All Types of Sleeping Disorders are Treatable or Curable
Today is a good date to start improving your sleeping with a goal of treating and curing your sleeping disorder with a very welcome regular sleep pattern - Do you have trouble falling asleep or staying asleep thru out the night? Do you often awaken feeling tired or feel real sleepy during the day, even if you have had enough sleep? If the answer is YES, you may have a sleep disorder. Below are the most common sleep disorders:
- Insomnia - hard time falling or staying asleep
- Sleep apnea - breathing interruptions during sleep
- Restless legs syndrome - tingling or prickly sensation in the legs
- Narcolepsy - daytime "sleep attacks"
Nightmares, night terrors, sleepwalking, sleep talking, head banging, wetting the bed and grinding your teeth are kinds of sleep problems called parasomnias. There are treatments for most sleep disorders. Sometimes just having regular sleep habits can help.
Living with a sleep disorder can feel like you are fighting a losing battle. You may even begin to think that you will never be able to sleep well again. But it doesn’t have to be this way. Research continues to shed new light on the process of sleep. This helps doctors know how sleep disorders affect the human body. There is hope for you, even if you can’t remember the last time you had a good night of sleep.
Most adults need at least eight hours of sleep every night to be well rested. Not everyone gets the sleep they need. About 40 million people in the United States suffer from sleep problems every year.
Not getting enough sleep for a long time can cause health problems. For example, it can make problems such as diabetes and high blood pressure worse.
Many things can disturb your sleep such as:
- a sick child
- working long hours
- light or noise from traffic or TV
- feeling too hot or cold.
- wine, beer, or liquor
Insomnia includes the following:
- difficulty going to sleep
- having trouble getting back to sleep
- waking up too early.
Most people will have trouble falling asleep from time to time. It is usually little to worry about. Stress, like the loss of a job or a death in the family could cause problems falling asleep. Certain medicines can make it hard to go to sleep. Drinking alcohol or eating too close to bedtime can also keep you awake or slow to sleep.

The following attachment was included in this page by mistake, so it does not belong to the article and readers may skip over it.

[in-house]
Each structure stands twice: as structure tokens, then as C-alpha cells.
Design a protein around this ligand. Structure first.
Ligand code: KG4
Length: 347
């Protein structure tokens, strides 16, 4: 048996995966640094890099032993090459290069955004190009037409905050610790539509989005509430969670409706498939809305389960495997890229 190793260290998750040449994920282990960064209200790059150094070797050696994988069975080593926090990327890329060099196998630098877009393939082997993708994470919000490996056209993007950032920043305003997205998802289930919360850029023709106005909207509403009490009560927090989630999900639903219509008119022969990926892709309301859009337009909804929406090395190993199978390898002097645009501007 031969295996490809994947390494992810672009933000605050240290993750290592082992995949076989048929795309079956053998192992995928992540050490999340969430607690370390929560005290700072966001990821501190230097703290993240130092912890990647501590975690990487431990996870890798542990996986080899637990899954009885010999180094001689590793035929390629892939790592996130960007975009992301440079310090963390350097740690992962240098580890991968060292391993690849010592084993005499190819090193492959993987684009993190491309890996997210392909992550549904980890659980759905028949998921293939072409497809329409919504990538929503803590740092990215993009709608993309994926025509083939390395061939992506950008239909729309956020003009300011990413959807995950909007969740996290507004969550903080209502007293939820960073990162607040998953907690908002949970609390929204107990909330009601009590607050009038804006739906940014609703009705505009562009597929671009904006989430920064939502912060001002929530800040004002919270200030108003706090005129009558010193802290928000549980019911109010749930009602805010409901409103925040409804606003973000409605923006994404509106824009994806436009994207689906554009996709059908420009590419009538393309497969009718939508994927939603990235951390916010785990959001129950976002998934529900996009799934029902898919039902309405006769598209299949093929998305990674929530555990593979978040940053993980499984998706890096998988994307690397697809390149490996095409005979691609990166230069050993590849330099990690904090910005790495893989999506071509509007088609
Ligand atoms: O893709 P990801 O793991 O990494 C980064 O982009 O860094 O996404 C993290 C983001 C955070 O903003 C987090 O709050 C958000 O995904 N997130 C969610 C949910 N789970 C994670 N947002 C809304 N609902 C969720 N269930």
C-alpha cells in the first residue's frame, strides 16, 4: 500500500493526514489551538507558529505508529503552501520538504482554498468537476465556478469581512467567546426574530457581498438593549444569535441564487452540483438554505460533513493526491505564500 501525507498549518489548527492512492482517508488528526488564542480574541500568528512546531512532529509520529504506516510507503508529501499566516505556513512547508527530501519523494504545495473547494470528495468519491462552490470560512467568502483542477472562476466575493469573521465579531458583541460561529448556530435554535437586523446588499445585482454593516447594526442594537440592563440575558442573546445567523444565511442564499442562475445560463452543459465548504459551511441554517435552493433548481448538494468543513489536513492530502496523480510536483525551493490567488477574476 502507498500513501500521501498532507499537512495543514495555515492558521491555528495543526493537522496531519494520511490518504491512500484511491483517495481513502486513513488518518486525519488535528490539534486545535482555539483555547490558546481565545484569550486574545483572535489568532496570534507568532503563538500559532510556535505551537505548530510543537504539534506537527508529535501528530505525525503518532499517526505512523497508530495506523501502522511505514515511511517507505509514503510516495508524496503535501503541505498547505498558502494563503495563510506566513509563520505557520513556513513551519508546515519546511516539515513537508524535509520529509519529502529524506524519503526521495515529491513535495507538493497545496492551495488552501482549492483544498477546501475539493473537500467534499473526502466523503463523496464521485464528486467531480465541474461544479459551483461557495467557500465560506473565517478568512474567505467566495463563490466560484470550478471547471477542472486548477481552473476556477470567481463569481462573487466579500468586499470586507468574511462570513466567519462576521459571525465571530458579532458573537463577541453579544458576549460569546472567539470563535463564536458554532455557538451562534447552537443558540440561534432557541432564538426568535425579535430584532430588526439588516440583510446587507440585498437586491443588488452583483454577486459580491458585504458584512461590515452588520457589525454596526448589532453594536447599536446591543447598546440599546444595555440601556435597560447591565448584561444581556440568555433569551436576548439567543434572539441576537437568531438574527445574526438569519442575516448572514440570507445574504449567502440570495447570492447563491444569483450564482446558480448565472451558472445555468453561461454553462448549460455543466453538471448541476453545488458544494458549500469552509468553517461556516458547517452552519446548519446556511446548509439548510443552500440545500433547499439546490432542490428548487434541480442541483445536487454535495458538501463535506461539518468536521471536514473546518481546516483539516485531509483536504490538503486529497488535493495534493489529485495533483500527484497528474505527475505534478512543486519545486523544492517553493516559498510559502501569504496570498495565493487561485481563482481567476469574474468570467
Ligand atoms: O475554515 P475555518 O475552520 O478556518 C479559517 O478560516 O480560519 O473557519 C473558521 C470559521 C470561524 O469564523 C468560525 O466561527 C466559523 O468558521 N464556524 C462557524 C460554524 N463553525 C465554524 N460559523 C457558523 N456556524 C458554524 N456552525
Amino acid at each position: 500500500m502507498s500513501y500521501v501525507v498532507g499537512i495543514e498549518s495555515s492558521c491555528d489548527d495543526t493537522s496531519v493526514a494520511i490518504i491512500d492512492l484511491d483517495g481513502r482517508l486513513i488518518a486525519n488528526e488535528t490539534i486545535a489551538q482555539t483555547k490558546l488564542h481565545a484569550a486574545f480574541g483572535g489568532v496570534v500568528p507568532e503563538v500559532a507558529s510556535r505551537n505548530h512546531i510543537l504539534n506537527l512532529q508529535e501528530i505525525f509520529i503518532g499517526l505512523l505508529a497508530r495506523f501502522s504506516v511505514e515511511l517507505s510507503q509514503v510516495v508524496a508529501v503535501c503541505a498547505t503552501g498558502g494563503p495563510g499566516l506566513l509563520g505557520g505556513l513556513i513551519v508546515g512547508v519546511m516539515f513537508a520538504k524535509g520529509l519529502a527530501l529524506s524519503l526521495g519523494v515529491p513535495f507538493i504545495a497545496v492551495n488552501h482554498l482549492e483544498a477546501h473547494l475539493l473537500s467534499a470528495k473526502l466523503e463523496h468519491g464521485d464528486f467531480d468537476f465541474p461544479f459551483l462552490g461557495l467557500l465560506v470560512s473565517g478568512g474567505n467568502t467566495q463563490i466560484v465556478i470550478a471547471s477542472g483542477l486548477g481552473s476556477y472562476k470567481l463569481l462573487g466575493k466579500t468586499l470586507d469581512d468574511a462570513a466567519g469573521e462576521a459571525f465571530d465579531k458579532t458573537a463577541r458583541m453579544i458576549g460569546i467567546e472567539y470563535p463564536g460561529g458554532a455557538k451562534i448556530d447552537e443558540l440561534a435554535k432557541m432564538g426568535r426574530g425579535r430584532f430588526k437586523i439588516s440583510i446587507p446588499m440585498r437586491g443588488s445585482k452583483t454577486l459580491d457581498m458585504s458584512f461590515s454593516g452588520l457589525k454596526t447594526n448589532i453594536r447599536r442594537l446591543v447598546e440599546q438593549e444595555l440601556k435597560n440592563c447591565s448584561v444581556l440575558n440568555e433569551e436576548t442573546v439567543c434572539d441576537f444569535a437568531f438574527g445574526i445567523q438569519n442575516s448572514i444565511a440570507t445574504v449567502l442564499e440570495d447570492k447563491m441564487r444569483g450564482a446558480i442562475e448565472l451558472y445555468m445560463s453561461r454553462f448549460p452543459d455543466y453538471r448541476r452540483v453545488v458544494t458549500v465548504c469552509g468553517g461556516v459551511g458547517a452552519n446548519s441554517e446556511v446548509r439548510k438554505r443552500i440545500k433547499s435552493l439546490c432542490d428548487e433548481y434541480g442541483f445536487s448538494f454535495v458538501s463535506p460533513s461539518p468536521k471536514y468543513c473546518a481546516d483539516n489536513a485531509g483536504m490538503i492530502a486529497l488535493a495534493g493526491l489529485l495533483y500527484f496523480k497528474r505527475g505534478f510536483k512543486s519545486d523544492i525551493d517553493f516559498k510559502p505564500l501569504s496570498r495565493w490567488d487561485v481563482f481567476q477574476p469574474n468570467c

Insomnia is called chronic, which means long-term when it lasts most nights for a few weeks or more. You should see your doctor if this happens. If you continue to have trouble sleeping, ask your doctor for help.
"Health, Wellness & Disease"
About Disease Prevention,
Symptoms, Treatment & Cures
Including Fitness & Lifestyle
Treatments for Sleeping Disorders
Taking medicine together with some changes to your routine can help most people with insomnia. Certain drugs work in the brain to help promote sleep.Tips for Better Sleep
- Go to bed and get up at the same times each day.
- Avoid caffeine, nicotine, beer, wine and liquor four to six hours before bedtime.
- Don’t exercise within two hours of bedtime.
- Don’t eat large meals within two hours of bedtime.
- Don’t nap later than 3 p.m.
- Sleep in a dark, quiet room that isn’t too hot or cold for you.
- If you can’t fall asleep within 20-minutes, get up and do something quiet.
- Wind down in the 30 minutes before bedtime by doing something relaxing.
Feeling Sleepy During the Day
Feeling tired every now and then is normal. It is not normal for sleepiness to interfere with your daily life. Watch for signs like:
- slowed thinking
- trouble paying attention
- heavy eyelids
- feeling cranky
Several sleep disorders can make you sleepy during the day. One of these is narcolepsy. People with narcolepsy feel very sleepy even after a full night’s sleep.
It is normal to take between 10 and 20 minutes to fall asleep. People who fall asleep in less than five minutes may have a serious sleep disorder.
Snoring is noisy breathing during sleep. It is caused by vibrating in the throat. Some people can make changes that will stop snoring. These include:
- losing weight
- cutting down on smoking and alcohol, and
- sleeping on your side instead of on your back
Treatment for Snoring
You can buy over-the-counter nasal strips to help prevent snoring. You place one over your nose before going to bed to make breathing easier.
Snoring loud and often, together with too much daytime sleepiness, may be signs of sleep apnea. Sleep apnea is a very common sleep disorder. It is also very dangerous. The most common type of sleep apnea happens when your breathing stops during sleep. It can stop for about 10 seconds to as long as a minute. You wake up trying to breathe. This stop-and-start cycle of waking to breathe can repeat hundreds of times a night. The danger is that some time you may not wake up to breathe. If this happens, you can die.
You are likely to feel sleepy during the day if you have this problem. People with sleep apnea tend to be overweight. It is more common among men than women.
Treatment for Sleep Apnea:
- The most common treatment is a device to force air thru the airway. This device is called a CPAP.
- Avoid beer, wine, liquor, tobacco, and sleeping pills.
- Your doctor may also suggest you lose weight.
- In some cases, you may need surgery to make the airway bigger.